When Technology Addiction Takes Over Your Life
Are you a tangled mess of BlackBerrys, emails, PDAs, iPhones, laptops, and cell phones? Here’s how to untangle your life and find healthy balance.
The Paradox of Modern Life continued...
You've got to take back control, says Edward Hallowell, MD, author of
CrazyBusy: Overbooked, Overstretched, and About to Snap! "The great
thing about modern life is you can do so much," he says, "and the curse
of modern life is you can do so much."
It's the new epidemic, Hallowell says. "People joke about being crazy
busy. Sometimes they brag about it, like being busy is a status symbol. But
they don't realize that it's as harmful for them as obesity or cigarette smoking."
Hopelessly Addicted to Messaging
A self-diagnosed addict, Hoffman estimates that she receives up to 500
emails and texts a day -- and stubbornly responds to every single one, even at
"It's a compulsion, like an itch you have to scratch,"
she says. "Like Pavlov's dog, I hear the bell and I run to the BlackBerry
salivating. I think I have carpal tunnel or something. I will keep texting
until I'm in pain."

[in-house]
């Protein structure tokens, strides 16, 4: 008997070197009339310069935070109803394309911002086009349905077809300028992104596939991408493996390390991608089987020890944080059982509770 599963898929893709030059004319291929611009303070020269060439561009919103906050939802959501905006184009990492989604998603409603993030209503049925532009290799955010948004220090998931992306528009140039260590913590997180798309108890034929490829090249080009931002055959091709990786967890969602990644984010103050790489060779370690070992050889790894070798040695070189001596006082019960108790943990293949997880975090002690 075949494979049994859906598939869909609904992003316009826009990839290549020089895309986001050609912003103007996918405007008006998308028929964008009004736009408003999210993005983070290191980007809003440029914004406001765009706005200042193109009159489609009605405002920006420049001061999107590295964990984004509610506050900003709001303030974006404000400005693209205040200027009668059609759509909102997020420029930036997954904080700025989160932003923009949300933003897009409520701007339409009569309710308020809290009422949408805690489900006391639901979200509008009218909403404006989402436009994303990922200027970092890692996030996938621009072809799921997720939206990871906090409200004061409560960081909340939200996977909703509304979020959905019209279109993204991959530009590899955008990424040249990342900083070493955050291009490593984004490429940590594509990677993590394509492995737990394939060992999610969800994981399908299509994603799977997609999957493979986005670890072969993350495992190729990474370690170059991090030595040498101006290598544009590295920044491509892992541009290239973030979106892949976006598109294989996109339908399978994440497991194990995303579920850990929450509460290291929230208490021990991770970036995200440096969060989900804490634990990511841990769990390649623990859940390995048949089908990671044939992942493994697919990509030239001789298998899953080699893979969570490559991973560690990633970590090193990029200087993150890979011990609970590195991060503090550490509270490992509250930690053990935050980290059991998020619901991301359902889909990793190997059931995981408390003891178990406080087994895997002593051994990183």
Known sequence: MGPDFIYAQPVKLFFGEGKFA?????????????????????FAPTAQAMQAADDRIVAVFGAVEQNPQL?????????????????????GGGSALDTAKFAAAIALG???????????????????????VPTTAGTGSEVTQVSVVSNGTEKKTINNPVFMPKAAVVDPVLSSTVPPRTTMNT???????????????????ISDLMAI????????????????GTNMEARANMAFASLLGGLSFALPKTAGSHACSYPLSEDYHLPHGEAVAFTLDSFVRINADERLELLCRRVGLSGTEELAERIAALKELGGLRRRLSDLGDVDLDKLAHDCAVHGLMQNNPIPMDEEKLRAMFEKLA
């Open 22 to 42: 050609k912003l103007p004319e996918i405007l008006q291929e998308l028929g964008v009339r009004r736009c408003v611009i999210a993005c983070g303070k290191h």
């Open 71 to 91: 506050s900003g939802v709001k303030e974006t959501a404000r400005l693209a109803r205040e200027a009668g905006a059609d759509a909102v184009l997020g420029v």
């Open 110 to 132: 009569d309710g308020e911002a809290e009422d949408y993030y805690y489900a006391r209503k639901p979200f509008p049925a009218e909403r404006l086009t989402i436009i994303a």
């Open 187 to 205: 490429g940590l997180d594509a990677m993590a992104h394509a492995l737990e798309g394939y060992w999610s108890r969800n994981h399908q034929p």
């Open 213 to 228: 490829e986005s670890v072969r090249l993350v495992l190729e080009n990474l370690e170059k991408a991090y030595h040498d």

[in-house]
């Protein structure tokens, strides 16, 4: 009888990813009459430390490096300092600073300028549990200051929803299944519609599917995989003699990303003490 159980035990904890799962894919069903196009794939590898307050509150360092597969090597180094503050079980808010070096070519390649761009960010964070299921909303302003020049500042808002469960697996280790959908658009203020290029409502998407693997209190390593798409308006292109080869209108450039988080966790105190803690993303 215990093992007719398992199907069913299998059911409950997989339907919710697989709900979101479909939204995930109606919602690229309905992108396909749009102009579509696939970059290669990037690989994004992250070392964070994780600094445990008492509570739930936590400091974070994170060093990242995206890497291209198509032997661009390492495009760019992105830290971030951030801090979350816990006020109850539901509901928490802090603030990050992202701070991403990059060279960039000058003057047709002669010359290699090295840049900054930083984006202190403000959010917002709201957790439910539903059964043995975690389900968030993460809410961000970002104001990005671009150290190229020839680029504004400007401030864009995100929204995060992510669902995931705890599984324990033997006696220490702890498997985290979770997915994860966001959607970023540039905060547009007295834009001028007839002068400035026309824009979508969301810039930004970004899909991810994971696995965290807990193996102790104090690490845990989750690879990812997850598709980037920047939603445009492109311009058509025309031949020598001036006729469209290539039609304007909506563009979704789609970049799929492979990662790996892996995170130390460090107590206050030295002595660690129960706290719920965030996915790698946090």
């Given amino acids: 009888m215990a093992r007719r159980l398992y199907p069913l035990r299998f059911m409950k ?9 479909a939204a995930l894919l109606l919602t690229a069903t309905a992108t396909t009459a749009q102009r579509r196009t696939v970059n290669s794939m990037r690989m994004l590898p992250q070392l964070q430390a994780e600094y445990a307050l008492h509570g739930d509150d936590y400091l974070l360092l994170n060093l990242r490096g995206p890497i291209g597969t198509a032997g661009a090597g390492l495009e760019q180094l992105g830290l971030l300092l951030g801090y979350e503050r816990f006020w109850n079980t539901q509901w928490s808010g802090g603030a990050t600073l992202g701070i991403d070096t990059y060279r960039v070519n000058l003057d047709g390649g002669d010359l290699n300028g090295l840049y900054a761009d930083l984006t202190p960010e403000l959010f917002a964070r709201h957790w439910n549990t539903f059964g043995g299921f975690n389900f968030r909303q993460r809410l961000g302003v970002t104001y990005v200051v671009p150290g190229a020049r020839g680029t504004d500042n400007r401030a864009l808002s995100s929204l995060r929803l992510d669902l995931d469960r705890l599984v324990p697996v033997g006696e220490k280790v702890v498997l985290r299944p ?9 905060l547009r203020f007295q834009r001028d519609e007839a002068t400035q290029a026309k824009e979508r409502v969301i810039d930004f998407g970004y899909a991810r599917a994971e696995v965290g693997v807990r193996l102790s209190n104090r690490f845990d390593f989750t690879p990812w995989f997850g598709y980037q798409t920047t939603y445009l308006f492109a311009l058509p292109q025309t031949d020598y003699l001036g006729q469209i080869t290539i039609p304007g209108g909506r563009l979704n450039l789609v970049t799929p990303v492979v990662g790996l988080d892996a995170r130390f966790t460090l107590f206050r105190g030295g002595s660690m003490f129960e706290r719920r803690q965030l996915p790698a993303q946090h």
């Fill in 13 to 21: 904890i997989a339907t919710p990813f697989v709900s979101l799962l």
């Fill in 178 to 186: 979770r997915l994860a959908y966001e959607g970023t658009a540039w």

There's something very irresistible about an unopened message, Hallowell
says. "You do get a dopamine squirt from accessing your messages. The mail
used to come once a day," he says. "Now it comes every second."
There's no shut-off switch, says Beth Feldman, a Westchester, N.Y.-based
entrepreneur who juggles a BlackBerry, iPhone, and cell phone from 7 a.m. to
midnight and works with clients across different time zones. "There
used to be boundaries," she says, "but now there are no
This free-for-all frenzy has a real impact on relationships and families,
knocking our work-life balance off-kilter.
Feldman, who is also the co-author of Peeing in Peace: Tales and Tips for
Type A Moms, has caught herself checking messages during her kids' musical
performances and Little League games. Her kids will ask her afterward:
"Mommy, why were you on your BlackBerry?"
She is desperately trying to curb her habits. "The minute you see that
flashing light, you start thinking, 'Do I need to check it?'" she says.
"I'm not a brain surgeon. I'm not involved in life and death matters. I
realized I have to draw a line. If I'm watching my kids' performance, it's not
the end of the world if I don't return an email."